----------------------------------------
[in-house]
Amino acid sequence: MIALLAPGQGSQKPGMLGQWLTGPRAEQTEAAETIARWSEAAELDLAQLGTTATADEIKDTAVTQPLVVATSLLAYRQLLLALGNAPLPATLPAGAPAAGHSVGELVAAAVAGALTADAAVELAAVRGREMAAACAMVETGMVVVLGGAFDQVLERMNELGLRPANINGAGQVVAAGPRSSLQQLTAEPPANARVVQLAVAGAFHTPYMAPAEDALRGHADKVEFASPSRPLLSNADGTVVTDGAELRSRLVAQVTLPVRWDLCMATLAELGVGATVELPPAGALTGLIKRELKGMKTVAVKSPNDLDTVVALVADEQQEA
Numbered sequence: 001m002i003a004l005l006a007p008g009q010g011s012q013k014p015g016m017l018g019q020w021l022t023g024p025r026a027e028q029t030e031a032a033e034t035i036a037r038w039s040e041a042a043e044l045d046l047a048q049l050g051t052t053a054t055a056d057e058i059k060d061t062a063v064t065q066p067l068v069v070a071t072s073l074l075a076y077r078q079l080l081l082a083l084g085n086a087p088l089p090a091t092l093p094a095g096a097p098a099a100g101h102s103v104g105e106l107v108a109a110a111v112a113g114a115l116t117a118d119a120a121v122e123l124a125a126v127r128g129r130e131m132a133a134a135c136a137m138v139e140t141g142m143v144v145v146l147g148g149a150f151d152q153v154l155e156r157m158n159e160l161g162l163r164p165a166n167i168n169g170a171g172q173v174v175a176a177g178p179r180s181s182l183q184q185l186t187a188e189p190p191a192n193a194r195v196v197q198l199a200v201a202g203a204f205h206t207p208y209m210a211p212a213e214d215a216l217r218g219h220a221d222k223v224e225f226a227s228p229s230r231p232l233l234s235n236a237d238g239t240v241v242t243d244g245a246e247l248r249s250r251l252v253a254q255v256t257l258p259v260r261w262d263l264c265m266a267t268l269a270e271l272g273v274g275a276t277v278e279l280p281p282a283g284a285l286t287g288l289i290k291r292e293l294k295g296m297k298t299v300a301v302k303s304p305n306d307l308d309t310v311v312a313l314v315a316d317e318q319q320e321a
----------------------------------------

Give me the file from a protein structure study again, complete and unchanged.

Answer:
[in-house]
Amino acid sequence: MIALLAPGQGSQKPGMLGQWLTGPRAEQTEAAETIARWSEAAELDLAQLGTTATADEIKDTAVTQPLVVATSLLAYRQLLLALGNAPLPATLPAGAPAAGHSVGELVAAAVAGALTADAAVELAAVRGREMAAACAMVETGMVVVLGGAFDQVLERMNELGLRPANINGAGQVVAAGPRSSLQQLTAEPPANARVVQLAVAGAFHTPYMAPAEDALRGHADKVEFASPSRPLLSNADGTVVTDGAELRSRLVAQVTLPVRWDLCMATLAELGVGATVELPPAGALTGLIKRELKGMKTVAVKSPNDLDTVVALVADEQQEA
Numbered sequence: 001m002i003a004l005l006a007p008g009q010g011s012q013k014p015g016m017l018g019q020w021l022t023g024p025r026a027e028q029t030e031a032a033e034t035i036a037r038w039s040e041a042a043e044l045d046l047a048q049l050g051t052t053a054t055a056d057e058i059k060d061t062a063v064t065q066p067l068v069v070a071t072s073l074l075a076y077r078q079l080l081l082a083l084g085n086a087p088l089p090a091t092l093p094a095g096a097p098a099a100g101h102s103v104g105e106l107v108a109a110a111v112a113g114a115l116t117a118d119a120a121v122e123l124a125a126v127r128g129r130e131m132a133a134a135c136a137m138v139e140t141g142m143v144v145v146l147g148g149a150f151d152q153v154l155e156r157m158n159e160l161g162l163r164p165a166n167i168n169g170a171g172q173v174v175a176a177g178p179r180s181s182l183q184q185l186t187a188e189p190p191a192n193a194r195v196v197q198l199a200v201a202g203a204f205h206t207p208y209m210a211p212a213e214d215a216l217r218g219h220a221d222k223v224e225f226a227s228p229s230r231p232l233l234s235n236a237d238g239t240v241v242t243d244g245a246e247l248r249s250r251l252v253a254q255v256t257l258p259v260r261w262d263l264c265m266a267t268l269a270e271l272g273v274g275a276t277v278e279l280p281p282a283g284a285l286t287g288l289i290k291r292e293l294k295g296m297k298t299v300a301v302k303s304p305n306d307l308d309t310v311v312a313l314v315a316d317e318q319q320e321a